Monday, April 10, 2017

refined by fire

In my reading this morning, I ran into 1 Corinthians 3:12-15

Now if anyone builds on the foundation with gold, silver, precious stones, wood, hay, straw- each one's work will become manifest, for the Day will disclose it, because it will be revealed by fire, and the fire will test what sort of work each one has done. If the work that anyone has built on the foundation survives, he will receive a reward. If anyone's work is burned up, he will suffer loss, though he himself will be saved, but only as through fire. - 1 Corinthians 3:12-15

Through the first couple of chapters in his first letter to the Corinthians, Paul is repeating a theme to this young church about the importance of the centrality of Jesus in the teachings they have received from him, as well as other teachers. We find in these chapters common verses concerning Paul's decision to know nothing among them except Christ and him crucified, as well as warning against focusing on those who were teaching rather than the object of the teachings. and then we come to this parable-like teaching from Paul. We know from the preceding verse that the foundation Paul is speaking of in this passage is Jesus himself, so we are seeing here a restating of subtler points in Paul's letter. Our lives, the works we do, must stand on the firm foundation of Jesus Christ. In this way, on the final day, we stand to either gain reward for those things accomplished by Christ through our works or our fruitless attempts will be burned away as dross. Paul has been warning these Christian infants, through spiritual milk, against adding anything to the work of Christ for their salvation, or attributing the works of any other teacher to their salvation, Christ alone was their sure foundation. So here, Paul is answering questions we don't see being asked, but that he anticipates are running through the minds of his readers. Paul explains that there is a difference between works being done by the power of the flesh and those works being done by the power of the spirit. Paul assumes that the Christian life is a life of works being built upon the unshakeable foundation of Jesus. He is showing the distinction between the bedrock of salvation through Christ alone, and a salvation sought after through human effort and things added on top of Christ's foundation.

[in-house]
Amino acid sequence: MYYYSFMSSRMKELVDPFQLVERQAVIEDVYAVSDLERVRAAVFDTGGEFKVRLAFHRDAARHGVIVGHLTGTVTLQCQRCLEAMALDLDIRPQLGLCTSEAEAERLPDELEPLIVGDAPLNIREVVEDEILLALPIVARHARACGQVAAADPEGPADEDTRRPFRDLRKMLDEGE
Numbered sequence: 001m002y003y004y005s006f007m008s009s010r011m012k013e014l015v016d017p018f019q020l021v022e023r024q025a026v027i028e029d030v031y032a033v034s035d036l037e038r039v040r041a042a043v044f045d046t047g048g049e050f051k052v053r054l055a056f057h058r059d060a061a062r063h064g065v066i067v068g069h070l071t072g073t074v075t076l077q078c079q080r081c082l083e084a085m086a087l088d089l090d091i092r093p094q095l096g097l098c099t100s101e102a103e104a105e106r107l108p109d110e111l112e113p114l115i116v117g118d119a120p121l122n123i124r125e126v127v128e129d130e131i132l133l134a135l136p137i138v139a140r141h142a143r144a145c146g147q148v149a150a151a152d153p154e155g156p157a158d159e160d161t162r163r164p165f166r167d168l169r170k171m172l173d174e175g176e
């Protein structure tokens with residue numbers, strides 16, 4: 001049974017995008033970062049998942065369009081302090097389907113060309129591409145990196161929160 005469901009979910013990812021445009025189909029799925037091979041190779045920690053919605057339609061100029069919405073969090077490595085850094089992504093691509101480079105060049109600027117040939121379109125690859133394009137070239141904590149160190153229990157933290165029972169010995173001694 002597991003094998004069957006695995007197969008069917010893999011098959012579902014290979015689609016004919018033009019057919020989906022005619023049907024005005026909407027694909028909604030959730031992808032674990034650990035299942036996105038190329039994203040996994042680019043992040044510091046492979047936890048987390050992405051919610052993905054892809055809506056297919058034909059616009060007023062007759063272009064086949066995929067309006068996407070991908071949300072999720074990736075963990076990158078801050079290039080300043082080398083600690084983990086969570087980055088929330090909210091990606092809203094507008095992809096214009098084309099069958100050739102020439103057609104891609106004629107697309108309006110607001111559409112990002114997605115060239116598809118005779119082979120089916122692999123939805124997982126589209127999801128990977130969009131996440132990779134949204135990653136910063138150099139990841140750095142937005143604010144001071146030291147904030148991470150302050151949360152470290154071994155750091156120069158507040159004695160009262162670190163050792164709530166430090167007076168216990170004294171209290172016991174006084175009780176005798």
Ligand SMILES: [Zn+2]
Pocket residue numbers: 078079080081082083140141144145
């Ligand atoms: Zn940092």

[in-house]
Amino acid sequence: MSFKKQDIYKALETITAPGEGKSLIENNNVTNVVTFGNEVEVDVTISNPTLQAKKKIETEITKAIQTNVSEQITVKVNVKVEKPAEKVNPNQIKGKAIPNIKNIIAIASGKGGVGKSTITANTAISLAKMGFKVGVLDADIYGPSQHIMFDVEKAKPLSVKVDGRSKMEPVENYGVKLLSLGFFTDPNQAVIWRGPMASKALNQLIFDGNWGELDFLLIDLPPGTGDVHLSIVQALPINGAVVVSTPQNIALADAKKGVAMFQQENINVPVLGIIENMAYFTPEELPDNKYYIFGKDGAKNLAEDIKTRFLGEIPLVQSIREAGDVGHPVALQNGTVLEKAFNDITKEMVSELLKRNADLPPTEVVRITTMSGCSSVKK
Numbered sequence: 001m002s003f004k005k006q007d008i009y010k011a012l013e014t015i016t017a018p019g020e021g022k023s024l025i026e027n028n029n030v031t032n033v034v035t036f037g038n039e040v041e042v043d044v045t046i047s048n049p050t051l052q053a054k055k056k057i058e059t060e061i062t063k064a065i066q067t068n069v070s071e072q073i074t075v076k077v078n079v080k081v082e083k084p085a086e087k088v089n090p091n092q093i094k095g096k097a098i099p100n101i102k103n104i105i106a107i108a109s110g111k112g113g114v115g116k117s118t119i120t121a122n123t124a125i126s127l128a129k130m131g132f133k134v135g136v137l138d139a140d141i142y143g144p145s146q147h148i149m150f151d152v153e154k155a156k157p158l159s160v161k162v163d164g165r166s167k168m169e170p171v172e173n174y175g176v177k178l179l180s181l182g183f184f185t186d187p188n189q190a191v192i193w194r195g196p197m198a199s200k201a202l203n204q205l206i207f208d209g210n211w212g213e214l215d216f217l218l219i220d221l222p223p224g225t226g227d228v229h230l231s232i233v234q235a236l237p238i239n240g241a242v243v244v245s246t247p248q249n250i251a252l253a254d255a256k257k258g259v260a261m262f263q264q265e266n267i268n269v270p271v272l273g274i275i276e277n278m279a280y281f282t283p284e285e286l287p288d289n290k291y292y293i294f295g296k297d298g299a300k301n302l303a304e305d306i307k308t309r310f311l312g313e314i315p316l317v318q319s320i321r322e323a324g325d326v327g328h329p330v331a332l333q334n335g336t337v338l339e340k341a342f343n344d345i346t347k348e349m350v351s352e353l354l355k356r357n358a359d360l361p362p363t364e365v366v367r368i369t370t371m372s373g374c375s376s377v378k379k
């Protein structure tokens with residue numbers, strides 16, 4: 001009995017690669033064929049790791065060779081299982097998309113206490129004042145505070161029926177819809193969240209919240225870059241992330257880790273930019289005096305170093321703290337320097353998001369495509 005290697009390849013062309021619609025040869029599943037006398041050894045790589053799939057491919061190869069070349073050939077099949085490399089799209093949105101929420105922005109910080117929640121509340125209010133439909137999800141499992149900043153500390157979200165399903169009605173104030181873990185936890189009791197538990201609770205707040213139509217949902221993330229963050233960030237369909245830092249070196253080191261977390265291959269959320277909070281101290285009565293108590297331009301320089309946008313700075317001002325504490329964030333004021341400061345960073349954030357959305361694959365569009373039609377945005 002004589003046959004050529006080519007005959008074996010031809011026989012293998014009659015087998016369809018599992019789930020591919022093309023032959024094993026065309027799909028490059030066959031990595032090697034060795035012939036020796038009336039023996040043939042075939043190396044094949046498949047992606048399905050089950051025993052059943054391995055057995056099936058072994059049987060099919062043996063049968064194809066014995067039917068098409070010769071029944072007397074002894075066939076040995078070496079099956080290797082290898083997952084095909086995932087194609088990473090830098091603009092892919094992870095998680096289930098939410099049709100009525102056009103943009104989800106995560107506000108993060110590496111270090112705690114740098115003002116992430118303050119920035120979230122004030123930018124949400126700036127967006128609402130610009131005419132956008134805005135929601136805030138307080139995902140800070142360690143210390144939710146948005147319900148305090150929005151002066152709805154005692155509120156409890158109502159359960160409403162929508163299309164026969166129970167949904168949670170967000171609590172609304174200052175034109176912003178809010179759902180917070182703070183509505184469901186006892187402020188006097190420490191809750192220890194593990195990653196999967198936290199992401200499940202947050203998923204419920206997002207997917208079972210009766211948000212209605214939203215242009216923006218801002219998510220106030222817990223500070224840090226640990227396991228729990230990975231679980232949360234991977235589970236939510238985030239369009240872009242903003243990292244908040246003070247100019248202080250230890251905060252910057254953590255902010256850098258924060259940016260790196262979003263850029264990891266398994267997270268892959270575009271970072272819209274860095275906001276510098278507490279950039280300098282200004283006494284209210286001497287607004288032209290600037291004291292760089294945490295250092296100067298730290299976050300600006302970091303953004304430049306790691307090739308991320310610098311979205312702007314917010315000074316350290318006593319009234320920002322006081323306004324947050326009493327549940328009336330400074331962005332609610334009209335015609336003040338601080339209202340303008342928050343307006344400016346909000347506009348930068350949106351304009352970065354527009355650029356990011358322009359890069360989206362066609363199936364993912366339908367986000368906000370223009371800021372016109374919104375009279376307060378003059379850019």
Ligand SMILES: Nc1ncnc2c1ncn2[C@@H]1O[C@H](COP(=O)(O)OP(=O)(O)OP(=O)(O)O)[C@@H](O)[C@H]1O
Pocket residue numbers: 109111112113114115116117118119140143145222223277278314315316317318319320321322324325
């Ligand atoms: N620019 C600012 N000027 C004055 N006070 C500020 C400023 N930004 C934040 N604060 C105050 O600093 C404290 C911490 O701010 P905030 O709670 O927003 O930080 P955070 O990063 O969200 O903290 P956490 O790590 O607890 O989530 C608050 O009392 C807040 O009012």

For the Christian, it is true, known, and eternally sure that our salvation is found only in the life, death, and resurrection of Hesus Christ. Our life, then, is a series of works done upon that foundation thatcare fueled by the spirit and performed by the spirit to be used for the advancement of the Kingdom. Our works are the voice of crying out in the wilderness by which the Shepherd is calling out to His sheep that they may come to Him and find their rest. The good works we Christians are called into are not fleeting, unimportant efforts of our will, but rather are the works of God that He graciously allows us to be a part. And the promise of this passage is that those works done by God in His people are not burned away off of our foundation, but are rather refined on that day and their true, eternal reward is revealed for us. We find, remaining after the fire, the purified, perfect remains of the truth of our works, the glory of God's reward to His servant.
The other side of this coin is a Christian who never moves on from an infantile understanding of his faith. This Christian has spent life doing works, trying to gain salvation through effort and works. This Christian enters that final day feeling tired, weary, and in need of rest. He arrives at the house he has built in life to find his effort piled upon the foundation. At first, his dwelling looks awfully similar to the other, it's foundation is just as secure, it's dwelling rests upon it in the same security. But then the fire comes, and all the works are burned away. When the smoke clears, all that remains is the foundation. The life has been fruitless, without reward, wasted. In the immense sense of loss and regret, this Christian wipes away the sadness to see the last glorious reality, the foundation remains, his salvation is secure. His dwelling no longer looks like that of his neighbors, but it remains. 

Both scenarios given to us by Paul here show Christian realities, two ends of the spectrum of true Christianity. Both ends show eternal security for the believer, but a much different eternal dwelling. The reality is that our eternal dwellings are still being built throughout our lives, and on this last day, will be a combination of these two realities. We will come to realize that much of the effort and work we put into our faith are fruitless and wasted endevours, but we will find that much of what we have done have been Spirit-wrought true works having been prepared for us with eternally lasting significance. Our dwelling will be a mixture of purified gold and burned up waste. Your dwelling may not look the way you imagined it, and it surely will not look the same as everyone else's. But your address is secure, your foundation has been poured, if you are in Christ Jesus. 

What you do in this life matters, how you do it, why you do it, and by what power it is done, each of these gave eternal importance in the life of others, and in your eternal existence.

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